Saturday, June 5, 2010

The Wave of Permanency

I haven't written much about my grandmother's death recently.  I can honestly say that there was kind of a lull between grieving the initial loss and whatever this wave of grief is called.  Too, I felt like people were kind of over me talking about my grief, so I just kind of put that aside for awhile.

I can't quite pinpoint when this stage of grief started to seep into my life.  Goodness knows I do not have time for weeping these days.  With both of my kids out of school, much of my time is taken up with them and trying to clean out my house.  Oh, then there is my part-time job that seems to have gone from 10 hours a week to about 20.  There is a myriad of other things, but I don't have time to lay them all out.

Ka-boom. Life explodes and now I'm supposed to grapple with this?  Again?

If I hadn't decided to start cleaning out and organizing my house, I may have delayed this process a bit longer, but I happen to be a Type A personality that absolutely hits the ceiling after seeing clutter for more than, um, a few days.  Since it had been a few months, surely some of you know how I must have felt by then...

I had to organize all my old family pictures after doing a 90th birthday photo book for my grandfather.  What I didn't expect to find were some pictures of my grandmother (not this grandfather's wife) lumped into the pile.  There were a few of her with my dad and a lot of her and me throughout my life.  It had been a few weeks since I had made her photo tribute book (I had been looking at pictures so much that I was kind of immune at this point) and I guess seeing them again just brought up the fact that she is still not here.

See, the first go round, it was really about saying good-bye and mourning her loss at that time.  Now the grief is about mourning the fact that she is never coming back.  It's the Year of Firsts -- all those events that normally she would be a part of that she now won't.  It affects me in small ways -- moments when I would love to have her encouragement during times of stress (i.e. NOW) and I cannot pick up the phone to hear her voice.  It affects me in big ways -- knowing that we are preparing to go the same beach we have all gathered for 30 years and she will not be physically present.  She will not be there to play in the sand with my daughters, to tell me stories about Howard, to stroke my hair as I lay my head in her lap.  I will not hear, You are my treasure.  I will not see the pride in her eyes when I walk into the room.  And I will not feel her arms around me as, even in her frailest state, she was able to communicate such strength as she hugged me.

I have moments again that are just overwhelmingly saddening.

I'm sure that this grief will ebb and flow with time, but if I don't take it in as it comes, I will not be healthy.  Living this grief out loud helps me heal.  It becomes a testament to the fact that as humans, no matter what is deemed accepted or expected, we can't just get over loss like this in two to three week's time.  Love and loss run deep and no matter that we know that our loved one is in Heaven, the fact remains that he or she is not walking with us. That takes some getting used to, for everyone.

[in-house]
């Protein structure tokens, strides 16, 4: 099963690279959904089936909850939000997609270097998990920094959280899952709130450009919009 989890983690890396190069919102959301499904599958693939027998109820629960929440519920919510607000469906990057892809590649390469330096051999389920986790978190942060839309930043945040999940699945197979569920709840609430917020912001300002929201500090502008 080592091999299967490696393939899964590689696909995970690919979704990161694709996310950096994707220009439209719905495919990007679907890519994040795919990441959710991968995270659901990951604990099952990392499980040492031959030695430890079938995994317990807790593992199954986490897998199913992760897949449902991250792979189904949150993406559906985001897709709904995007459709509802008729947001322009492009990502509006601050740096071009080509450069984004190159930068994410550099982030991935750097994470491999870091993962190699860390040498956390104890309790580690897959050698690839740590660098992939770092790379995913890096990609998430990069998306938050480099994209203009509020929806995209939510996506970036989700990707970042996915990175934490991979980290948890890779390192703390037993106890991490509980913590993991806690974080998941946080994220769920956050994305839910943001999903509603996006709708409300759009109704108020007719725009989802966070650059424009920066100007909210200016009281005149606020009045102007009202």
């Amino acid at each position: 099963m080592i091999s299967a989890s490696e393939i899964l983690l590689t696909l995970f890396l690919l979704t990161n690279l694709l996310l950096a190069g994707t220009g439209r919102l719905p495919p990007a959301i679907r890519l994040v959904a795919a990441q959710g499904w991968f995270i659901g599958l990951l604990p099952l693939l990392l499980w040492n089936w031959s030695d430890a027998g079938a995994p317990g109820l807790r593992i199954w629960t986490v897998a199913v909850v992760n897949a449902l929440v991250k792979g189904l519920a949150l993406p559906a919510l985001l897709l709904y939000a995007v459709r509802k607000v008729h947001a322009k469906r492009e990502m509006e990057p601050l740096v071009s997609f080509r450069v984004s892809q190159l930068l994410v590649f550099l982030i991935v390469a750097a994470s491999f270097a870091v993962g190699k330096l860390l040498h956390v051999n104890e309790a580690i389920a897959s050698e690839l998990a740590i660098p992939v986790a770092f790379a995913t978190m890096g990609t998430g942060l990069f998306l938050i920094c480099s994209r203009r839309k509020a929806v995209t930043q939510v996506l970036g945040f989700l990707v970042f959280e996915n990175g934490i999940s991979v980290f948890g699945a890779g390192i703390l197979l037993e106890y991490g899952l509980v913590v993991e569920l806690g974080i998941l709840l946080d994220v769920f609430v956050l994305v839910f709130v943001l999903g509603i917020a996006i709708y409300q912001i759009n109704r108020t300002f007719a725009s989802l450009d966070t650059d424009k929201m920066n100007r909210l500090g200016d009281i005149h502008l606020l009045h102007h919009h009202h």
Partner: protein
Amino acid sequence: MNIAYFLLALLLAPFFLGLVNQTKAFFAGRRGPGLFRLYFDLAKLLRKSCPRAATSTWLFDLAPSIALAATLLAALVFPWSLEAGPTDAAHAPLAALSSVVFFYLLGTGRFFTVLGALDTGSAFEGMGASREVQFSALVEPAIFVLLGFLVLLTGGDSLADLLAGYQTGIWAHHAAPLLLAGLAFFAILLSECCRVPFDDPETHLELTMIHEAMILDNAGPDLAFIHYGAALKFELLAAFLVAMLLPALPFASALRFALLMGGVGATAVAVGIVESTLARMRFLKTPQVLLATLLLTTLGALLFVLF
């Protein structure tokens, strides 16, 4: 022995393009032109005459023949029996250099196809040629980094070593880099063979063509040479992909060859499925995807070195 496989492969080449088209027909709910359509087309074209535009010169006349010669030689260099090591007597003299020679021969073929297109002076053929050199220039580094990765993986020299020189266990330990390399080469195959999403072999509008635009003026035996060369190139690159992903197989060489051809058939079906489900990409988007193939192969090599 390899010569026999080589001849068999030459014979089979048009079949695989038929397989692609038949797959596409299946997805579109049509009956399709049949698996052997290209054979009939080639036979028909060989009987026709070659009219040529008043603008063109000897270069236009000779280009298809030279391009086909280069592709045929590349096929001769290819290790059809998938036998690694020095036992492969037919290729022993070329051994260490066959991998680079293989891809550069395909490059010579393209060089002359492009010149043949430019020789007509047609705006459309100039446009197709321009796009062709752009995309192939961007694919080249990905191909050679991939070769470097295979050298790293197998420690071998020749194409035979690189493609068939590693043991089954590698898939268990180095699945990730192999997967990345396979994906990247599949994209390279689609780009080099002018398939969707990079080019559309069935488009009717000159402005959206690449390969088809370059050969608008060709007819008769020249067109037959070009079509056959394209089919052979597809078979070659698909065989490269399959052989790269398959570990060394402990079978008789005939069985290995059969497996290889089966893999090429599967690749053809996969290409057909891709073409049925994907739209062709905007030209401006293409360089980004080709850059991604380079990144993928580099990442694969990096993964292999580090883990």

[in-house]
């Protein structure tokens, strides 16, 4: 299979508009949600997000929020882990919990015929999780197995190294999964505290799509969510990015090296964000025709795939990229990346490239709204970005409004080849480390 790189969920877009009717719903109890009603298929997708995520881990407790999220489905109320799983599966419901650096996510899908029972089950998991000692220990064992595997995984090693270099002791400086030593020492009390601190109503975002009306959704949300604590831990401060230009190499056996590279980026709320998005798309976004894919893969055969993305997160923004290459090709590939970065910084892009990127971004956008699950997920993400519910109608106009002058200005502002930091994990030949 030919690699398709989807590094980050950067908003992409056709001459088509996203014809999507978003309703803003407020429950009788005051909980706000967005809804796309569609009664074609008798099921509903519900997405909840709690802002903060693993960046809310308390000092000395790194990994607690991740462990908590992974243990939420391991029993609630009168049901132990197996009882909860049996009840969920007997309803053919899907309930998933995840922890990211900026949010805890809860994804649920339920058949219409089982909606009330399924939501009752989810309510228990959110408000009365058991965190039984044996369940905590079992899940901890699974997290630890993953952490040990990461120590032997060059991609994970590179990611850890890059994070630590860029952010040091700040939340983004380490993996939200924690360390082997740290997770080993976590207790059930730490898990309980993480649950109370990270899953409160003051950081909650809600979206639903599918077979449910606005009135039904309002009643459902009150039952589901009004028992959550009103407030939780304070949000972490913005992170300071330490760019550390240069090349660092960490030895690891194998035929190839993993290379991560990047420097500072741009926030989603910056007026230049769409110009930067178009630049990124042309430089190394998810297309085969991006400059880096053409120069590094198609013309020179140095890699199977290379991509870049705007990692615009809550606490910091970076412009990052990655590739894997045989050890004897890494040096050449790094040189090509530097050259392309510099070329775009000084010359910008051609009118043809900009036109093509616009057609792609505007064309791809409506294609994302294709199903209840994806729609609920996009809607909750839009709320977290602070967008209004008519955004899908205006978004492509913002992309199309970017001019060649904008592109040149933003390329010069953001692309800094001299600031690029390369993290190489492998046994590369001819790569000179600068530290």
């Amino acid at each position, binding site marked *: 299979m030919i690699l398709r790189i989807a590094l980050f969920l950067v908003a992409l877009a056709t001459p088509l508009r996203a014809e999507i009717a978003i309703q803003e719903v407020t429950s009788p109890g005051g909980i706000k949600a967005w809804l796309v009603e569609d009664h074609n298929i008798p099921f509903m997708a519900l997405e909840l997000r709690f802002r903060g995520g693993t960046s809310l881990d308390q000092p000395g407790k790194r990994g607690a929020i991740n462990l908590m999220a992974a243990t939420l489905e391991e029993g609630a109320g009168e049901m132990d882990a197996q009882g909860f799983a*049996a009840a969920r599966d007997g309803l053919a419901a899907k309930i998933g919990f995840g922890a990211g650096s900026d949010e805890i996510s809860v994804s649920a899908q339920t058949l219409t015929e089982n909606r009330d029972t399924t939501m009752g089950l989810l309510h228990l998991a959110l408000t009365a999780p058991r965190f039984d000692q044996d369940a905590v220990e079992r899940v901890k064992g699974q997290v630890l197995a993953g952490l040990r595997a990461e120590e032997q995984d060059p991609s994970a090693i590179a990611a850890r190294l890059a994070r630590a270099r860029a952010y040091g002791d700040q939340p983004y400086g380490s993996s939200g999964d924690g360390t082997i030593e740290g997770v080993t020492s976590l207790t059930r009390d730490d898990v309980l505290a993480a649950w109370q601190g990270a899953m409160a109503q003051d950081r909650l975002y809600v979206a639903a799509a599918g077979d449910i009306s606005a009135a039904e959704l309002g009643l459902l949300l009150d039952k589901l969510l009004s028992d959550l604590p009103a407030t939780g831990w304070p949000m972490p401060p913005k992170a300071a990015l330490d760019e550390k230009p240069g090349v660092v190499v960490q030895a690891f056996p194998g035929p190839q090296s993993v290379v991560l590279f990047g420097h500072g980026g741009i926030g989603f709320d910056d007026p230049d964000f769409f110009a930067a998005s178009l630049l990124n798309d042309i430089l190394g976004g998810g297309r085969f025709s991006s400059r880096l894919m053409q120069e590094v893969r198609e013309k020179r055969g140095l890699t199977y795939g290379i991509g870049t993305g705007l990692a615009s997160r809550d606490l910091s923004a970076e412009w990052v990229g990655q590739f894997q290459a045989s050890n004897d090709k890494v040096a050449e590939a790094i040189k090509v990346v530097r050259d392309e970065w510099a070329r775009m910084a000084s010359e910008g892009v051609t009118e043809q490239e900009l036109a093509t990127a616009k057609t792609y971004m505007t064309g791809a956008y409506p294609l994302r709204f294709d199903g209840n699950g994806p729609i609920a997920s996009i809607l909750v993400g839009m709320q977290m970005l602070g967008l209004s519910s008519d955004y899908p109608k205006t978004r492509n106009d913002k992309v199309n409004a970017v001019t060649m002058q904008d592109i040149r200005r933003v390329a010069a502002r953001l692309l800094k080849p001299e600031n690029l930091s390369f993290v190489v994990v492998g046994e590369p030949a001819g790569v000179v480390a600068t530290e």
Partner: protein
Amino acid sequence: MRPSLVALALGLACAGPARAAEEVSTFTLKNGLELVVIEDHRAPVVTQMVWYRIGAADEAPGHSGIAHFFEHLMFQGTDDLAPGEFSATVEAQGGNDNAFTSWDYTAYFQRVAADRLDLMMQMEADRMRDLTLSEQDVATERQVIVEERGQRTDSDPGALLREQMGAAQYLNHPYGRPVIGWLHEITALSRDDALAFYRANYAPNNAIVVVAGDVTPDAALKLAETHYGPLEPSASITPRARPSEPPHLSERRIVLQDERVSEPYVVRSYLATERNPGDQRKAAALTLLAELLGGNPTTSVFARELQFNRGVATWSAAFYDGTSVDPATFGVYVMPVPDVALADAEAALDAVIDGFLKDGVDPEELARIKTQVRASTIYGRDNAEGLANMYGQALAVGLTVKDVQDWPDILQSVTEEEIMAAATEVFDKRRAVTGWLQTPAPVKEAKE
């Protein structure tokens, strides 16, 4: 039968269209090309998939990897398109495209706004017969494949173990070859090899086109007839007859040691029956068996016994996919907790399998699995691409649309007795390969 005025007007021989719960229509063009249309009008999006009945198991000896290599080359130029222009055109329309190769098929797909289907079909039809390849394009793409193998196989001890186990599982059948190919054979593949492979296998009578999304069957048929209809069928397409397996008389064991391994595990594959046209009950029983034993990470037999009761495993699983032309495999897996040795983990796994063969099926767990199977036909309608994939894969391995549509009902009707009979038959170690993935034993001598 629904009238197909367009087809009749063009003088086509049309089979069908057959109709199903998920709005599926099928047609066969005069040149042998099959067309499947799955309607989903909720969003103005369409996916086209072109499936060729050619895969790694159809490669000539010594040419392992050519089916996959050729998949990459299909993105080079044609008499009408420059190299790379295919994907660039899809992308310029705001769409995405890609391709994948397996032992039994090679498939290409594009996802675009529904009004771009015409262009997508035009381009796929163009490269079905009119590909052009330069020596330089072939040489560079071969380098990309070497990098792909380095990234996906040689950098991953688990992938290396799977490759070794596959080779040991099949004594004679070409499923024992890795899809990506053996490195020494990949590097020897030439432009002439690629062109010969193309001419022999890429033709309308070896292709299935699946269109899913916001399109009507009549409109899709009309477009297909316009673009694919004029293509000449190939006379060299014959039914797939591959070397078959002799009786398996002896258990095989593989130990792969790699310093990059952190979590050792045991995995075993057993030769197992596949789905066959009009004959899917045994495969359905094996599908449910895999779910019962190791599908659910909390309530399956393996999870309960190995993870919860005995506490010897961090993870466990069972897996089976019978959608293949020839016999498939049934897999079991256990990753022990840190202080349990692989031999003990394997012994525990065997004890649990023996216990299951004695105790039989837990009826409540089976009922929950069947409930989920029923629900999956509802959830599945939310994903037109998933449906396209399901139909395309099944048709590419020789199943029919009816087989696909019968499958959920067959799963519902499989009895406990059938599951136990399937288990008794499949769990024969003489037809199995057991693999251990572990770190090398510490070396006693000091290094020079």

The race is not always to the swift, but to those who keep on running. 
-Nike running poster


  1. I'm so sorry for your loss. Grief is a funny and complicated thing - it very much goes in stages. After losing my father nine years ago, I can say that the first year is always the hardest. You never forget them, ever, but time does allow you to feel a joy in them rather than just sadness at their absence. I will pray for this anguish and intense grief to get to a point where it doesn't hurt so much anymore.

    Natalie at Mommy on Fire

  2. Today is the one month anniversary of the passing of my dad...the pain is as strong today as a month ago. Unexpectedly, the tears will start flowing and complete strangers look at me like I'm weird. It IS difficult, isn't it....but even more so when I see my wee mom sitting there,..quietly, with the tears running down her cheeks, not saying a word. It's hard.

  3. Her legacy will always be a part of you. May you find God's comfort in the midst of all of this.

  4. Thanks friend. I am so glad to know a bit more about what's going on with you. Happy to "keep in touch" one way or another. I am so sorry about your loss. What a heavy burden. My love goes out to you tonight.

  5. It doesn't go away, but it does get easier. Celebrate the small victories. I recently ran into someone I hadn't seen in couple of years. After inquiring whether we still live in the same place, she asked where my mother is living. I was actually able to tell her of my mother's passing without choking up or breaking down, a first for me. I took that as a sign of healing. I did blink back a few tears when I got away from her, but, still, it's progress. The first year, going through the "firsts" was the pits, but in some cases the dreading was worse than the actual day. My pastor said the more or deeper you loved, the harder the loss will be. I believe it. Just know that your grief is a testament to your love and your relationship. Right now I"m overwhelmed with the questions I wish I'd asked. Sigh. Hang in there and I'll do the same. :)

  6. I understand. I got married 2.5 months after my grandmother passed away. It frustrated me that she never got to meet my husband, she didn't see my wedding..then I got pregnant. Bunny got here after the Year of Firsts, but it didn't stop the tears when I realized she isn't here to see her or any of my future children. Thank God I know where she went, and I know she'll meet them someday.


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